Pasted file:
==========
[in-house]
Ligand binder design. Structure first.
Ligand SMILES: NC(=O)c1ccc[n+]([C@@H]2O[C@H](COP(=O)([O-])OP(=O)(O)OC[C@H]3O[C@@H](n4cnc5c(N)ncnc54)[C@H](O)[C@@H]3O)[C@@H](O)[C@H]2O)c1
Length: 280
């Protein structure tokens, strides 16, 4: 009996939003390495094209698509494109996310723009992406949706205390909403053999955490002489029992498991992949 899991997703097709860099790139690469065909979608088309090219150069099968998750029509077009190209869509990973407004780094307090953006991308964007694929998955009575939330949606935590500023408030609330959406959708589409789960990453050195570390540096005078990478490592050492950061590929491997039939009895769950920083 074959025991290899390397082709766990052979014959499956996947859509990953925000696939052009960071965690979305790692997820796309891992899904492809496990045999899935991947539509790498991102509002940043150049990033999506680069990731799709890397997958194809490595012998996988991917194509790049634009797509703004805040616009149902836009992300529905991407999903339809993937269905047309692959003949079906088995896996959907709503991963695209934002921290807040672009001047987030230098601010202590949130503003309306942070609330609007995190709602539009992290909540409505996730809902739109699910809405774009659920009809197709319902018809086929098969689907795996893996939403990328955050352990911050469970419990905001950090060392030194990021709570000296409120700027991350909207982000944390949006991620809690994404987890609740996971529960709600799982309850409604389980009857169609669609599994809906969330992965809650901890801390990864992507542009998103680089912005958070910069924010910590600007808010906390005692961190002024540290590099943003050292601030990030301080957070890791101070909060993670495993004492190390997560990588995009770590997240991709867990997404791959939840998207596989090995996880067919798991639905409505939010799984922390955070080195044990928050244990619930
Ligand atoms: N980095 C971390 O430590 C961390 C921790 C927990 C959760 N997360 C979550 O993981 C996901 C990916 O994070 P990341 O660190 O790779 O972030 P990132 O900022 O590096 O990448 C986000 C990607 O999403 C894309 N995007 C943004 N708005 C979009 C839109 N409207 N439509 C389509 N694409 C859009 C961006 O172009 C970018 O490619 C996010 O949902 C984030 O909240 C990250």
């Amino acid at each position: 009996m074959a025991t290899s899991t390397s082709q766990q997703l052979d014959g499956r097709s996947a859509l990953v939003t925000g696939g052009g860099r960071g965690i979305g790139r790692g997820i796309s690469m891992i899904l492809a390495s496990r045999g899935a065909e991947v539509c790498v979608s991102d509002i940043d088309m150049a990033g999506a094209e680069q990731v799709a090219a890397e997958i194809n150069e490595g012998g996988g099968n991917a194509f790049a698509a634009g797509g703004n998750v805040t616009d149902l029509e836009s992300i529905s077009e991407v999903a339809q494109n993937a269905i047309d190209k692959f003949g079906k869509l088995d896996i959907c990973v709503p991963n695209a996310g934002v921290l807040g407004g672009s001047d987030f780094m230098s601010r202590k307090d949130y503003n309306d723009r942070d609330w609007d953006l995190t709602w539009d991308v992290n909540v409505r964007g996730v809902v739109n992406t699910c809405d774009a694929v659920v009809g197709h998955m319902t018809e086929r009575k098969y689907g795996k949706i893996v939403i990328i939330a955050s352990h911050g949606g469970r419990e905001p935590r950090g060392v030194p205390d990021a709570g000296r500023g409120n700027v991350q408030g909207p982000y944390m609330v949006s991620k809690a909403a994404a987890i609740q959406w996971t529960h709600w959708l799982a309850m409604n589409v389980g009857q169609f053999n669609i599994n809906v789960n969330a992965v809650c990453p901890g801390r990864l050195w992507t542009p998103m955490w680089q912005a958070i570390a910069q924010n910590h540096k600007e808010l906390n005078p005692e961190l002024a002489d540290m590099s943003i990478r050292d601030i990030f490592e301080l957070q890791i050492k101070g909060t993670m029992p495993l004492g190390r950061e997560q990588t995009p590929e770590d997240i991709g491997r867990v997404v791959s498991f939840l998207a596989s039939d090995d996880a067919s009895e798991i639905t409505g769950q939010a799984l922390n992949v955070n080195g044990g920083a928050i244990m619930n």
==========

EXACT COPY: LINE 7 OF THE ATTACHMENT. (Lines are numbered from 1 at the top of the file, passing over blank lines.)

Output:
């Amino acid at each position: 009996m074959a025991t290899s899991t390397s082709q766990q997703l052979d014959g499956r097709s996947a859509l990953v939003t925000g696939g052009g860099r960071g965690i979305g790139r790692g997820i796309s690469m891992i899904l492809a390495s496990r045999g899935a065909e991947v539509c790498v979608s991102d509002i940043d088309m150049a990033g999506a094209e680069q990731v799709a090219a890397e997958i194809n150069e490595g012998g996988g099968n991917a194509f790049a698509a634009g797509g703004n998750v805040t616009d149902l029509e836009s992300i529905s077009e991407v999903a339809q494109n993937a269905i047309d190209k692959f003949g079906k869509l088995d896996i959907c990973v709503p991963n695209a996310g934002v921290l807040g407004g672009s001047d987030f780094m230098s601010r202590k307090d949130y503003n309306d723009r942070d609330w609007d953006l995190t709602w539009d991308v992290n909540v409505r964007g996730v809902v739109n992406t699910c809405d774009a694929v659920v009809g197709h998955m319902t018809e086929r009575k098969y689907g795996k949706i893996v939403i990328i939330a955050s352990h911050g949606g469970r419990e905001p935590r950090g060392v030194p205390d990021a709570g000296r500023g409120n700027v991350q408030g909207p982000y944390m609330v949006s991620k809690a909403a994404a987890i609740q959406w996971t529960h709600w959708l799982a309850m409604n589409v389980g009857q169609f053999n669609i599994n809906v789960n969330a992965v809650c990453p901890g801390r990864l050195w992507t542009p998103m955490w680089q912005a958070i570390a910069q924010n910590h540096k600007e808010l906390n005078p005692e961190l002024a002489d540290m590099s943003i990478r050292d601030i990030f490592e301080l957070q890791i050492k101070g909060t993670m029992p495993l004492g190390r950061e997560q990588t995009p590929e770590d997240i991709g491997r867990v997404v791959s498991f939840l998207a596989s039939d090995d996880a067919s009895e798991i639905t409505g769950q939010a799984l922390n992949v955070n080195g044990g920083a928050i244990m619930n």